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Practice of Jeremy Woolhouse, pianist and Alexander Technique Teacher.

Specialist in working with musicians, RSI, posture re-education, neck, back and chronic pain management. 

Articles on Alexander Technique in life - by Jeremy Woolhouse

Monthly blog articles by Jeremy Woolhouse.  Alexander Technique for daily life, specialised activities, pain relief and managment.

Principles of The Technique

Jeremy Woolhouse

FM Alexander

The inseparability of body and mind is at the essence of the technique as it recognises that the way we think influences our coordination. The teacher guides pupils through movements that establish new neurological pathways and affect fundamental change in the whole system.

Use of self

Alexander used the term “self” to the describe the individual as a psycho-physical entity. The “use of the self” then, is the “how” of thought and action. Not just of a limb, but of the whole.

How I use myself sitting at a desk might include: my posture, whether I move, or not, the quality of muscular tension in me, my patterns of thinking about my work or my sitting, if I poke my tongue out and so on.

The way we think about what we do influences how we do it. If I perceive my work as a chore, the negative attitude of mind manifests in a negative attitude of body. I’m likely to slump as I do my work.

If I enjoy my work, this is less likely. The technique teaches particular ways of thinking that support a more positive attitude, which in turn creates a more positive output.

If I am dealing with a pain or discomfort in one area, there will be compensation in other areas of the body. The use of the whole self is affected. It is often through changing the use of the whole that specific problems are alleviated.

Alexander would assess his students in terms of how they used what they had. It is very empowering to understand that the way you use what you have will ultimately shape your condition.

Primary Control

There exists an innate, naturally positive co-ordination of the head, neck and back. The quality of this dynamic relationship is fundamental in any movement or posture. Alexander named the co-ordinating influence of the head neck and back “Primary Control”.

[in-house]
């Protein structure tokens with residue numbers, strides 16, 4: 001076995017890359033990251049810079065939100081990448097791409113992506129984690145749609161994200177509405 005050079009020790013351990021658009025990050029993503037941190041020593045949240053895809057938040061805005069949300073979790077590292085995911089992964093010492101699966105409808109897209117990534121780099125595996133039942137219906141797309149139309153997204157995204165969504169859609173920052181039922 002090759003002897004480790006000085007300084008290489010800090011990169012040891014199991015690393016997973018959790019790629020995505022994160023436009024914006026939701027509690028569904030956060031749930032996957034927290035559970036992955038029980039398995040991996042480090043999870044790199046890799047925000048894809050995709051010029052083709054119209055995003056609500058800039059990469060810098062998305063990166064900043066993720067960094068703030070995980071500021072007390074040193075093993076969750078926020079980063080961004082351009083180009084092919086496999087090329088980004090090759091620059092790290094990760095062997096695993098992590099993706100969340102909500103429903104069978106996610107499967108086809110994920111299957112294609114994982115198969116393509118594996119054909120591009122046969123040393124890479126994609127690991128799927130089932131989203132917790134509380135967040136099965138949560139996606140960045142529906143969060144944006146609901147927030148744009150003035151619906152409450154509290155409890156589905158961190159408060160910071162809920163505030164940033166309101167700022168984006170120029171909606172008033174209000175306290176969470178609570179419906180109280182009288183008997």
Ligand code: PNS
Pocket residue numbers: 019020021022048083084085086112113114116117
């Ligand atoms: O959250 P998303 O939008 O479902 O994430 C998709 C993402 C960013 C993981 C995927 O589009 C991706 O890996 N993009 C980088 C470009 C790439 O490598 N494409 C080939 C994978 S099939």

Primary Control affects the whole person’s bearing. If Primary Control is working well, there appears a quality of lightness and ease in the person. The more positive we make this connection, the more support the limbs, organs and rest of the body has. This indirect approach has often proved to be more useful than working directly with a problem area.

Conception

The way I conceive any activity determines the way I execute it. If I think lifting a bucket will be hard work, I will make “hard work” for myself.

Alexander Technique recalibrates the body’s mechanisms for gauging appropriate effort. It also educates to ensure the most practical response to novel situations.

The technique often uncovers misconceptions about where the mechanical structures actually are and what demands they are most suited to. Body mapping and basic biomechanics are part of Alexander Technique education.

Inhibition

To effectively develop positive habits, it is necessary to remove the influence of the old habits. If I wish to change the way I strike a key at the piano, I must first stop my habitual way of playing.

To “inhibit” in Alexander Technique, is to refuse to respond in the habitual way – to send nerve impulses that say “don’t do” instead of “do”.

This is different from being passive: inhibition is active. In other words, it’s just as much work to send the direction “don’t do”, as it is to say “do”.

End-gaining and the means whereby

End-gaining is a term Alexander coined to describe the popular human predisposition to “get it right at all costs”.

The cost that he saw in many cases was the interference with natural co-ordination. The very act of “trying hard” hindered reaching the goal and often-created painful side effects.

The opposite of “end-gaining”, is using what Alexander called “means-whereby”. By this method, the student considers what he wants, and how he can get it.

He can then focus his attention on what he is doing “in the moment”, knowing this will eventually lead him where he wants to be.

This is vital to studying the technique and is very much in the spirit of enjoying the journey as much as the destination!

Faulty Sensory Appreciation

Alexander developed his technique to overcoming his own voice problems, inhibiting his habitual pattern of use, and following his “means whereby” for the new improved use.

However, when he tried to speak, he subconsciously reverted to his habitual pattern.

The reason, he discovered, was an underlying presumption that his new way of speaking would feel right.

He realised he needed to accept that the new way would initially feel wrong. Once he knew his sensory appreciation to be unreliable, Alexander relied instead upon the visual feedback of a mirror.

These days an Alexander teacher can use their hands to help you embrace the new feelings that accompany the new experience.

Direction

Normally, the way we use ourselves is something we don’t think about.

The technique however develops a use of the self that is consciously acquired. 

Teachers give their students particular thoughts or “directions” to use to alter their co-ordination. Once the existing arrangement is “inhibited”, the new thinking process can engage a new co-ordination.

The teacher’s hands help the student to become aware of their existing patterns, refrain from repeating them, and use the new co-ordination.

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